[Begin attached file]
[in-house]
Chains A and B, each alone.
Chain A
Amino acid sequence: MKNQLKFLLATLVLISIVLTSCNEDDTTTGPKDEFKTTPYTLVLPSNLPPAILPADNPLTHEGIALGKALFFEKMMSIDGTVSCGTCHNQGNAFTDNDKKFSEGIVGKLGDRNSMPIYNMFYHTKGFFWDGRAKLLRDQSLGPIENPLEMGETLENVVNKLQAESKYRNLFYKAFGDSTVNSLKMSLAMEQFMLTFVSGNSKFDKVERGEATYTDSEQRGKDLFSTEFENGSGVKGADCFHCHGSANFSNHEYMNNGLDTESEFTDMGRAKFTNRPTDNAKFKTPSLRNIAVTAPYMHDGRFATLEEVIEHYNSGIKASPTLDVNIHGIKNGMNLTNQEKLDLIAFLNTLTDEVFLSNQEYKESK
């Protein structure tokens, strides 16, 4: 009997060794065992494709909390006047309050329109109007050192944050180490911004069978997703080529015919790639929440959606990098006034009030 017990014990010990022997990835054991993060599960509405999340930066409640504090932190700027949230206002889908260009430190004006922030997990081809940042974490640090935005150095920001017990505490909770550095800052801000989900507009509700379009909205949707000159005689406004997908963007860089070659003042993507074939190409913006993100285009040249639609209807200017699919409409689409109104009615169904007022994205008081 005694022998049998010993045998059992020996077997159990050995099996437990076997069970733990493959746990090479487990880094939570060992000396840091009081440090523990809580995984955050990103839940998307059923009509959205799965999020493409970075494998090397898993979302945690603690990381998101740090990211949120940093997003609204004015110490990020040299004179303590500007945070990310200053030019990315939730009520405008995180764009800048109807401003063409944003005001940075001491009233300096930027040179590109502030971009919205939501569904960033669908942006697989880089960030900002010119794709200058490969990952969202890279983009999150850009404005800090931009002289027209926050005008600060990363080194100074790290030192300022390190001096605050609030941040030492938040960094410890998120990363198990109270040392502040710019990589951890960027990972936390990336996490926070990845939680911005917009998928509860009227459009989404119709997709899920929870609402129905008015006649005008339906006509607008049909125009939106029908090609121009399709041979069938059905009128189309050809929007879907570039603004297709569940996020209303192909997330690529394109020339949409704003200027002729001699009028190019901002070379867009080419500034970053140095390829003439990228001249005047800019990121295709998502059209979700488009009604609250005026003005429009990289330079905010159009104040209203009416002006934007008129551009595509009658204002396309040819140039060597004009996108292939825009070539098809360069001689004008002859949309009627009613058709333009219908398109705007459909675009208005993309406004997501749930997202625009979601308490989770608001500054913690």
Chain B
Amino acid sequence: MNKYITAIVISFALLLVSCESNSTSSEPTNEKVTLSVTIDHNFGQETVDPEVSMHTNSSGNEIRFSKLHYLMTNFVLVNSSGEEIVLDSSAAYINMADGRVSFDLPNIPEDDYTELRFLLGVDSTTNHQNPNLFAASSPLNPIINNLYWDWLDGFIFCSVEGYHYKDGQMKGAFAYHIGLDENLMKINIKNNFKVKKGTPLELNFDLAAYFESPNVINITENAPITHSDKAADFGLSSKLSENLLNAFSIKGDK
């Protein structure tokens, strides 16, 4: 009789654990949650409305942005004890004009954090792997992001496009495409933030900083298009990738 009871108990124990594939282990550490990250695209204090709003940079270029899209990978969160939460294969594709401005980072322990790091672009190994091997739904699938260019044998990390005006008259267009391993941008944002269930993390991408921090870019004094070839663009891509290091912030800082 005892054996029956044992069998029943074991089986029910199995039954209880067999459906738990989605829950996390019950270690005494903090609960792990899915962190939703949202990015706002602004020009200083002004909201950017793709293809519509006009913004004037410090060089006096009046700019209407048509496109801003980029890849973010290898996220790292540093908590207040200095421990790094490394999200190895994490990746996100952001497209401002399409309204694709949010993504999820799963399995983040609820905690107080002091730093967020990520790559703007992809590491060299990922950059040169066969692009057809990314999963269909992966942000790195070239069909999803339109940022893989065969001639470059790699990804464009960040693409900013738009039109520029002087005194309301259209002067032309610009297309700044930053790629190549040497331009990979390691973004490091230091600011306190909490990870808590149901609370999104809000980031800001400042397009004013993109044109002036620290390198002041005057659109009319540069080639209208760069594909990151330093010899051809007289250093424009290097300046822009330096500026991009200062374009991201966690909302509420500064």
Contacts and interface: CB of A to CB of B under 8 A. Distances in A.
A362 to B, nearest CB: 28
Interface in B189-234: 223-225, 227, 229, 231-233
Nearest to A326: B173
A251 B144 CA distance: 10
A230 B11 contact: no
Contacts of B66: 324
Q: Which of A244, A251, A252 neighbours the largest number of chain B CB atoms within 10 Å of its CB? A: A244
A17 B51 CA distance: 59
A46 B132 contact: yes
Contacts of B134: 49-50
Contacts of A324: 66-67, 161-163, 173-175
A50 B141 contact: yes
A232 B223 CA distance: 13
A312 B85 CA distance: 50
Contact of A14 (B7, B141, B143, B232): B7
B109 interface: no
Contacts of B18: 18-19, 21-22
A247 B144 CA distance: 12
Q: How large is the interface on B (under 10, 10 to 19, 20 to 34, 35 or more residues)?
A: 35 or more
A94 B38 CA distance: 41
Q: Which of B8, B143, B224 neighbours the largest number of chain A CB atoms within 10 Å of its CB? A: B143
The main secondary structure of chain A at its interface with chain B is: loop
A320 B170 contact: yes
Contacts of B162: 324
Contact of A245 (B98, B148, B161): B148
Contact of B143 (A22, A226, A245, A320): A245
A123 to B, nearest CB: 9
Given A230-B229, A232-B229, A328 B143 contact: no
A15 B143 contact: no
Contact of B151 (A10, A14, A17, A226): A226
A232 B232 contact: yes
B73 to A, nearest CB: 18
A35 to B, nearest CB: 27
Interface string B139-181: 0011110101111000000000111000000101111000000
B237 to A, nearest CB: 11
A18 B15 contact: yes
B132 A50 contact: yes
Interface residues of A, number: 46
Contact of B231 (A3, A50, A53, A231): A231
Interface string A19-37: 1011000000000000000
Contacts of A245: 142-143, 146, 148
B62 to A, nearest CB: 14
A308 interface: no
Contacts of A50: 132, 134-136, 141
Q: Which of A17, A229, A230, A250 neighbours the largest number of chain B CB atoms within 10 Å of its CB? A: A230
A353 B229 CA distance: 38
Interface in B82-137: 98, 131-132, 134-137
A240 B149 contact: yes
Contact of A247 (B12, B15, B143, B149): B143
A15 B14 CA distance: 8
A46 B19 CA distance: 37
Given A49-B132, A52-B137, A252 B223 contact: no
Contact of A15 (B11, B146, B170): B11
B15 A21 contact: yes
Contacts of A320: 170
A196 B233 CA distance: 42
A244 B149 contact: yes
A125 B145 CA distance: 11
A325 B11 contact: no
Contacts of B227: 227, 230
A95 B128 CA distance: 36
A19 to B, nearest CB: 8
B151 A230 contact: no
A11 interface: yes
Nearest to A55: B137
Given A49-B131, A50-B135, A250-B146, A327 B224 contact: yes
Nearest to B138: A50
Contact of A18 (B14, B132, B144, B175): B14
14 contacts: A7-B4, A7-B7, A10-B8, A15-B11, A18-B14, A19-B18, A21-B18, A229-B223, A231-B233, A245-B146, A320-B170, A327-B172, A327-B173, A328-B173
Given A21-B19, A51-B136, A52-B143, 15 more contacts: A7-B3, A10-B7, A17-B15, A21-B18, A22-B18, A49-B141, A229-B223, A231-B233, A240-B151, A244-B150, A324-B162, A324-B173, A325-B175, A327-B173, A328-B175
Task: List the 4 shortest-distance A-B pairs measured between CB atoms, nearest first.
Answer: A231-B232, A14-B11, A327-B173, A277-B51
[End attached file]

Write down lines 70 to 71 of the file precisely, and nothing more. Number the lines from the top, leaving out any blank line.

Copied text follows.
Contacts of B227: 227, 230
A95 B128 CA distance: 36